This Day in National/World Weather History ...
 31 July 1861 → The world record for one-year rainfall was set: 1,042 inches at Cherrapunji, India.
 31 July 1964 → Country singer "Gentleman Jim" Reeves flew his single-engine Beechcraft plane into a thunderstorm near Brentwood, TN. The plane crashed, killing Reeves and his manager. Reeves was 40 years old at the time of the crash.
 31 July 1976 → A stationary thunderstorm produced more than 10 inches of rain which funneled into the narrow Thompson River Canyon of northeastern Colorado. A mass of water 20 feet high and traveling at 50 mph wreaked a 25 mile path of destruction from Estes Park to Loveland. 144 people were killed, mostly in vehicles. Ten miles of U.S. Highway 34 were totally destroyed.
 31 July 1993 → Alabama finished its hottest July on record since 1879, while receiving less than half the normal rainfall. Meanwhile, the Great Flood of 1993 was reaching its peak in the Midwest and was eventually responsible for 48 deaths and $23.1 billion in damage.

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November 19, 1981:

A storm system moved from southeast Nebraska through Iowa on the 18th and spread rain and sleet as well as a few thunderstorms into southern Minnesota. Rain and sleet began changing over to snow during the afternoon on the 18th and continued through the 19th. The heaviest snowfall was in the Minneapolis area. The 10.4 inches of snow reported from the National Weather Service office in the Twin Cities was the heaviest snowfall recorded at the office since March 22nd, to the23rd, 1965 when 13.6 inches fell. The storm knocked out power and phones to many in the Twin Cities metropolitan area. Damage was also done to the Humber H. Humphrey Metrodome, where the weight of the heavy snow caused the newly inflated, fabric dome collapsed and ripped.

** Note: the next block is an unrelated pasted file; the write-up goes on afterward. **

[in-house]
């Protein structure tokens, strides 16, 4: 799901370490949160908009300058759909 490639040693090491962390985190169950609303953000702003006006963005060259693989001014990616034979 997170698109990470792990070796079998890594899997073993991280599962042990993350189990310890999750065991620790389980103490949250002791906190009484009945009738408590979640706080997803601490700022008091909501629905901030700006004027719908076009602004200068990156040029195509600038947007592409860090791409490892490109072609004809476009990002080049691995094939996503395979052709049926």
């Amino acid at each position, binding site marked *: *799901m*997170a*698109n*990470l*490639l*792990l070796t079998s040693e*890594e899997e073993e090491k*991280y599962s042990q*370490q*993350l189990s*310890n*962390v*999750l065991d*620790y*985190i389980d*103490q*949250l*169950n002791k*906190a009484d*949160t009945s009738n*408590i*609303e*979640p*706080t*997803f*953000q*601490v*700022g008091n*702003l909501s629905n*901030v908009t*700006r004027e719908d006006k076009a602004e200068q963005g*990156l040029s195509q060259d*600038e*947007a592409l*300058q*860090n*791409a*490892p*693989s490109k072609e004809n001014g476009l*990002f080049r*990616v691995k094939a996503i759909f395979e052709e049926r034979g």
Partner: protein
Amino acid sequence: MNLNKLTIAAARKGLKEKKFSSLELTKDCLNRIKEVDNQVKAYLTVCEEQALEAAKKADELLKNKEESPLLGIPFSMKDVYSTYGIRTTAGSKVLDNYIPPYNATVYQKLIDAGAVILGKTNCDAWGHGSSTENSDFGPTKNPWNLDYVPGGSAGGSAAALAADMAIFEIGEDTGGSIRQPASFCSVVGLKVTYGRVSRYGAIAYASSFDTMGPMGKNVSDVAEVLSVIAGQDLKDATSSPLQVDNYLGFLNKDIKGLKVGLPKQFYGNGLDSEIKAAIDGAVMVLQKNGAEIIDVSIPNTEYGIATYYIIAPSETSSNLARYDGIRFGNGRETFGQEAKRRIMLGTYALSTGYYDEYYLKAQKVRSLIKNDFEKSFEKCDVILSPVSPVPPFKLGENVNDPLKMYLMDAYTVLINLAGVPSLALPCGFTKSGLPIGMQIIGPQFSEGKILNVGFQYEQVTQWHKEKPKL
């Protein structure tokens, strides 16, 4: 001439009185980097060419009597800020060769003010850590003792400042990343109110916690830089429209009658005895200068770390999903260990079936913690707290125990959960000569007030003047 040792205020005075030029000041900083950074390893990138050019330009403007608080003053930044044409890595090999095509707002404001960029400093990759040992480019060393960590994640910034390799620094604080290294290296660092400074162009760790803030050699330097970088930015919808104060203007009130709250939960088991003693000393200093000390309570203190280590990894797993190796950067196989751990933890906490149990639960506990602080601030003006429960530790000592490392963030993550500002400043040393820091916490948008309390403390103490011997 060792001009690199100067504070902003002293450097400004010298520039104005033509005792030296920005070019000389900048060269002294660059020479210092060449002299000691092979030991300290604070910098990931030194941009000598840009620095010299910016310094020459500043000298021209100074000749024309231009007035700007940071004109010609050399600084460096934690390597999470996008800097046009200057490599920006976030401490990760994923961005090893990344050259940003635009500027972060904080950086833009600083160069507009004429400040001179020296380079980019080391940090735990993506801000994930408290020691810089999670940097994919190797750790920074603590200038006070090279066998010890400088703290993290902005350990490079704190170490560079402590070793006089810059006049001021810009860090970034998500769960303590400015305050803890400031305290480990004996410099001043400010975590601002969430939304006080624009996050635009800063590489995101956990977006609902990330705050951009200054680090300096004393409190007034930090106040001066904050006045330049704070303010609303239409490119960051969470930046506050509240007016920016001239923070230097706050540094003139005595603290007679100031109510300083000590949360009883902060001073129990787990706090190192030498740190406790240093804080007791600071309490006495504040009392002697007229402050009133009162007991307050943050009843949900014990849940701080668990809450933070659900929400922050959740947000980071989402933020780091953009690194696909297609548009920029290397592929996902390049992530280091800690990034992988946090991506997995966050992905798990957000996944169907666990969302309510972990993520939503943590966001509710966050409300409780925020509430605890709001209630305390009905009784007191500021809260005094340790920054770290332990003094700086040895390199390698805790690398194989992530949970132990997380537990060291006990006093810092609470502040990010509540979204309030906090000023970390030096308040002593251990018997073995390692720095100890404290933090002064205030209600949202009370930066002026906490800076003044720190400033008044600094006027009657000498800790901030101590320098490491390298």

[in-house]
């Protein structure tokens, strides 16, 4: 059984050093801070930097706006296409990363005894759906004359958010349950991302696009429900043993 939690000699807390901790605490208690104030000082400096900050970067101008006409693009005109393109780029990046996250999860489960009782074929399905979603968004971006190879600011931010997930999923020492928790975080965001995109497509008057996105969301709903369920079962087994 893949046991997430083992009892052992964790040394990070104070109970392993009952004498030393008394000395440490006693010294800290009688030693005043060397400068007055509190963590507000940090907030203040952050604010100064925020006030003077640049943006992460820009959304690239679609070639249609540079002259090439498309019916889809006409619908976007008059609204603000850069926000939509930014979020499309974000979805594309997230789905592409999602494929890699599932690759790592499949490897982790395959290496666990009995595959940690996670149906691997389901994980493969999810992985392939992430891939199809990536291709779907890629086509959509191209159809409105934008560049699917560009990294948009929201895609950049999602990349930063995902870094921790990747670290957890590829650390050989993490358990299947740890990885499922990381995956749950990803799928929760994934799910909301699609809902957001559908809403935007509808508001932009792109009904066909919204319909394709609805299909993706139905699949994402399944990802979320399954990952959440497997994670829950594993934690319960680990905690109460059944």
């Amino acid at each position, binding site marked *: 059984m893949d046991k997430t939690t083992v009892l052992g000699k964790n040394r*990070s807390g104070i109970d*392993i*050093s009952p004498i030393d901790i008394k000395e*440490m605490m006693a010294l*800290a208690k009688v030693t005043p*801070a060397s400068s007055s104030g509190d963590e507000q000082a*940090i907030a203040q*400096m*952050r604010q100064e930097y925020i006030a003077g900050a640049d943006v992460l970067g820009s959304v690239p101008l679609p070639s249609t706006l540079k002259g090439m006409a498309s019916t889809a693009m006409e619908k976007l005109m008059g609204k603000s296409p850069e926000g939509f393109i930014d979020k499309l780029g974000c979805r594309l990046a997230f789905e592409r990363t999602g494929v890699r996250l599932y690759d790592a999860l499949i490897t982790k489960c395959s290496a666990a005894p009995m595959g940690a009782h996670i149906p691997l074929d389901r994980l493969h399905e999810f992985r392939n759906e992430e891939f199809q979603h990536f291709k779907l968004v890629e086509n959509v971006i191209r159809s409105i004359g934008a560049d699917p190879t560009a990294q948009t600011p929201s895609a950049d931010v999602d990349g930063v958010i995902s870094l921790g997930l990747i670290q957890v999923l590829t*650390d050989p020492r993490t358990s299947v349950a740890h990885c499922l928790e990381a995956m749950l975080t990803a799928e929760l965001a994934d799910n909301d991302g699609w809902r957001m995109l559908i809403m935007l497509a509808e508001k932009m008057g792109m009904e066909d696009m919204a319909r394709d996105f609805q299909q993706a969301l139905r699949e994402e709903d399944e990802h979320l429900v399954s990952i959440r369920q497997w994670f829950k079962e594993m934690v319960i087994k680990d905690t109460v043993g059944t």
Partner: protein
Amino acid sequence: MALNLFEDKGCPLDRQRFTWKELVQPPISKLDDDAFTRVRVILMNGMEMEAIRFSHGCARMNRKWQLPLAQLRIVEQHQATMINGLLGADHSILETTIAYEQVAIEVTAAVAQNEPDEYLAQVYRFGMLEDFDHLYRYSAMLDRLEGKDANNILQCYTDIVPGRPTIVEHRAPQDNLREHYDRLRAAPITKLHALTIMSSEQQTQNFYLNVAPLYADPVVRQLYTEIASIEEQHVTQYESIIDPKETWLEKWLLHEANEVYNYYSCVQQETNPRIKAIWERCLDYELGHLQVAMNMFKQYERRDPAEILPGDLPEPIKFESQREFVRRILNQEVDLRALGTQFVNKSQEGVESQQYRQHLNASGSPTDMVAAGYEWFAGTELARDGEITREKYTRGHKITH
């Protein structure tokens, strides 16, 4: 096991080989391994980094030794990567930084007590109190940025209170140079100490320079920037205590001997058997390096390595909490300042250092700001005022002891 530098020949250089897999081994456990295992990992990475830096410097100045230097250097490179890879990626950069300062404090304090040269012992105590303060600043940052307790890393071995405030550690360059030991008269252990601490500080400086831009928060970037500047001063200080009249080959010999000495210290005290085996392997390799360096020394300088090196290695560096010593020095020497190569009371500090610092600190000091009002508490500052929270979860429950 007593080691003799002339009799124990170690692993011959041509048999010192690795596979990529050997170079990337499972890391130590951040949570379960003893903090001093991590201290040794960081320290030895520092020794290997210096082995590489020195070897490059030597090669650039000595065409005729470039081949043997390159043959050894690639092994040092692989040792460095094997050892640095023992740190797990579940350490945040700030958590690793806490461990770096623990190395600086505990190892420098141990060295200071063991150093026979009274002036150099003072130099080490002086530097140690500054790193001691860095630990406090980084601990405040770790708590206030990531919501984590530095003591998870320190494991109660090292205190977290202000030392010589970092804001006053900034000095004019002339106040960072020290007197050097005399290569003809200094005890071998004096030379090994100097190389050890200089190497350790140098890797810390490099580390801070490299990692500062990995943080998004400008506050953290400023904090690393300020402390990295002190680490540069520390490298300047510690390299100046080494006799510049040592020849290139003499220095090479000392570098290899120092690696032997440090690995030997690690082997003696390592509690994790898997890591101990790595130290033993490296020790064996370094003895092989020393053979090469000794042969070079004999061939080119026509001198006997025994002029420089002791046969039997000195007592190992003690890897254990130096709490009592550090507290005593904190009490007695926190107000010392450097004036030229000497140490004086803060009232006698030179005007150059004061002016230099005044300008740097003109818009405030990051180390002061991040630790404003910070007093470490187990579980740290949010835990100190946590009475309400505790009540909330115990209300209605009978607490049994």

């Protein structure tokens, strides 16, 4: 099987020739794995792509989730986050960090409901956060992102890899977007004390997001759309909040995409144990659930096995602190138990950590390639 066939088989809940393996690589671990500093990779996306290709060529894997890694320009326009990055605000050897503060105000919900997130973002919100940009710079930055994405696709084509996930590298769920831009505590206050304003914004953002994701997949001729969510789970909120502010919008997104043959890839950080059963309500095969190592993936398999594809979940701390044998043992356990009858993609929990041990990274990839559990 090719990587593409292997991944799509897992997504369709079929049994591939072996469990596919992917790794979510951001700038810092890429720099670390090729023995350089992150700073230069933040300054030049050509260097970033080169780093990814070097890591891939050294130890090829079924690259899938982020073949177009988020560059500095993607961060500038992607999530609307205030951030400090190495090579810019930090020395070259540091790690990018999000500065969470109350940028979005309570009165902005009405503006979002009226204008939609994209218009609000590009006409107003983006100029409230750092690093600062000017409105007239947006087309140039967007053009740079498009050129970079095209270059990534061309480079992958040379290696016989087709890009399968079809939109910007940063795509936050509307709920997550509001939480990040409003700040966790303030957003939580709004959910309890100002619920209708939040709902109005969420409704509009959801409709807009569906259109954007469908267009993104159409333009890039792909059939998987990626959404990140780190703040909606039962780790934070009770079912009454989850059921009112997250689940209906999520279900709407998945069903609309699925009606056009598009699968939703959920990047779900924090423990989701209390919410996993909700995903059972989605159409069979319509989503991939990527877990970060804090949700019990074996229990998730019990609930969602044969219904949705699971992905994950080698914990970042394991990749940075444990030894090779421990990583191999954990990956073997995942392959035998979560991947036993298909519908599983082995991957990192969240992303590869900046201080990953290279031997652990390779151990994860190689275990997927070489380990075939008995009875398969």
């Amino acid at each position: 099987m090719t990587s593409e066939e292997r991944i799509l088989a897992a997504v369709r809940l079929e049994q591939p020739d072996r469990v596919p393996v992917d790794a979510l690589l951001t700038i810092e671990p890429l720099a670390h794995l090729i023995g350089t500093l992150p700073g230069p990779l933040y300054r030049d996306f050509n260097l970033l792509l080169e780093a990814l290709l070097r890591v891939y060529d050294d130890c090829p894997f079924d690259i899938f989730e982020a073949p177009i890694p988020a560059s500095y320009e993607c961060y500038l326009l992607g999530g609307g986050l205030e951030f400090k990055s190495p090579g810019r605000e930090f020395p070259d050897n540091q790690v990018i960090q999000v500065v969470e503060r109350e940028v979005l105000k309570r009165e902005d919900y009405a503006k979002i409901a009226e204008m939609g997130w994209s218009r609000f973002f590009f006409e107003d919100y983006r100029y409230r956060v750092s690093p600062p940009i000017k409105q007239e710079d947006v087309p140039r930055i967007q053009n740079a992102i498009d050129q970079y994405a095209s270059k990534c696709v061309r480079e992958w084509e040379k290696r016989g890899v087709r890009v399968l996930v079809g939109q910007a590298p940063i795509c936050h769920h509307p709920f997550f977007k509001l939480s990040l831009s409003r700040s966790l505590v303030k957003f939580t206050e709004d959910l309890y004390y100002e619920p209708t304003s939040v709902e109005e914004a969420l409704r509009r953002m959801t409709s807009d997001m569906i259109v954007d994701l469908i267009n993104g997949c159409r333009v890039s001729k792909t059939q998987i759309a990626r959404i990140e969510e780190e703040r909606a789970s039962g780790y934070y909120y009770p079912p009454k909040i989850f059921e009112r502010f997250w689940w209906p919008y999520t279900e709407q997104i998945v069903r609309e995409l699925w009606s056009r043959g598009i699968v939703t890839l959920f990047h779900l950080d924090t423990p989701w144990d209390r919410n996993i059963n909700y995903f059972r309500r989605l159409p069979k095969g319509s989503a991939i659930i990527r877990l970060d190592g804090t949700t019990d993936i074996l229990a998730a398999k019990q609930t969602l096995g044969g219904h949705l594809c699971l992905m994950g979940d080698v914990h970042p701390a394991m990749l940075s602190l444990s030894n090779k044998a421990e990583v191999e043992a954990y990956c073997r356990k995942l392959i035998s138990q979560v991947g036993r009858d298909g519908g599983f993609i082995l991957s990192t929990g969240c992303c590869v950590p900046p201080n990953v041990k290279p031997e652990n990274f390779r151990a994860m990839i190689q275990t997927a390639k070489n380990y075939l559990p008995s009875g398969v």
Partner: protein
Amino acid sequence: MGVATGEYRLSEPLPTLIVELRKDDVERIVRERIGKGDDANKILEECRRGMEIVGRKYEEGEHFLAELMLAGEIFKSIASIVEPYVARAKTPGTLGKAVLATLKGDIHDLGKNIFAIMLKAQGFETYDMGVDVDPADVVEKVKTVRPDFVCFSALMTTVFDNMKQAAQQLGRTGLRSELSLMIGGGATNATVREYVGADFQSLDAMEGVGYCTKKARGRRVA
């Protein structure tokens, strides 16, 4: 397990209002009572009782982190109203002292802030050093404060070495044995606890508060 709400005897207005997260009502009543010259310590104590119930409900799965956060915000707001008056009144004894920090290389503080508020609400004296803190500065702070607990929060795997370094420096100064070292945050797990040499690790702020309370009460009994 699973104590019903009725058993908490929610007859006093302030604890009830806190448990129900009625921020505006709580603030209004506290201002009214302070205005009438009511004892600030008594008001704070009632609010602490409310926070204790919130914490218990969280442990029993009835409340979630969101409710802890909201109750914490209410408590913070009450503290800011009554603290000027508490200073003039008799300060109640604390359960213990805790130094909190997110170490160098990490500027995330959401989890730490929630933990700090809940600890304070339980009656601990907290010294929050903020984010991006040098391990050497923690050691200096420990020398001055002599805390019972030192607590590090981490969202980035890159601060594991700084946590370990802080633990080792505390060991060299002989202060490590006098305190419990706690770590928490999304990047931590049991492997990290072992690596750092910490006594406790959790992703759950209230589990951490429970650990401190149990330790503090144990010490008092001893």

November 19, 1996:

Widespread freezing rain spread a layer of ice across a large area before changing over to snow during the period of November 19-20. Snowfall amounts were generally 1 to 3 inches in central South Dakota, 3 to 7 inches across north central South Dakota, 5 to 6 inches in west central Minnesota, and 4 to 12 inches across northeast South Dakota. Travel was difficult and several schools were closed or delayed. Mail delivery was also slowed or delayed for a day or two. Several, mainly minor accidents, resulting in several minor injuries, occurred as a result of the ice and snow covered roads. Two Milbank buses slid into ditches. Strong north winds resulted in near-blizzard conditions across northeast South Dakota on the 20th. Some snowfall totals included; 12.0 inches in Clear Lake and near Milbank; 10.1 inches near Mellette; 9.0 inches in Browns Valley; 8.3 inches near Big Stone City; 8.0 inches in Faulkton; and 7.0 inches in Britton and Conde.


Record Highs: Record Lows:
Aberdeen: 72 (1897) Aberdeen: -11 (1914)
Kennebec: 72 (2003) Kennebec: -7 (1914)
Mobridge: 68 (1917) Mobridge: -1 (1914)
Pierre: 70 (2003) Pierre: 4 (1955)
Sisseton: 64 (1989) Sisseton: -10 (1932)
Timber Lake: 68 (2003) Timber Lake: -9 (1914)
Watertown: 66 (1897) Watertown: -9 (1914)
Wheaton: 66 (1917) Wheaton: -11 (1932)

Record Precipitation: Record Snowfall:
Aberdeen: 0.56" (1977) Aberdeen: 6.8" (1977)
Kennebec: 0.22" (1947) Kennebec: 3.0" (1947)
Mobridge: 0.67" (1977) Mobridge: 6.8" (1977)
Pierre: 0.20" (1985) Pierre: 2.7" (1947)
Sisseton: 0.41" (1977) Sisseton: 5.0" (1992)
Timber Lake: 0.85" (1977) Timber Lake: 12.0" (1930)
Watertown: 0.73" (1983) Watertown: 3.9" (1992)
Wheaton: 0.54" (1992) Wheaton: 7.0" (1992)"


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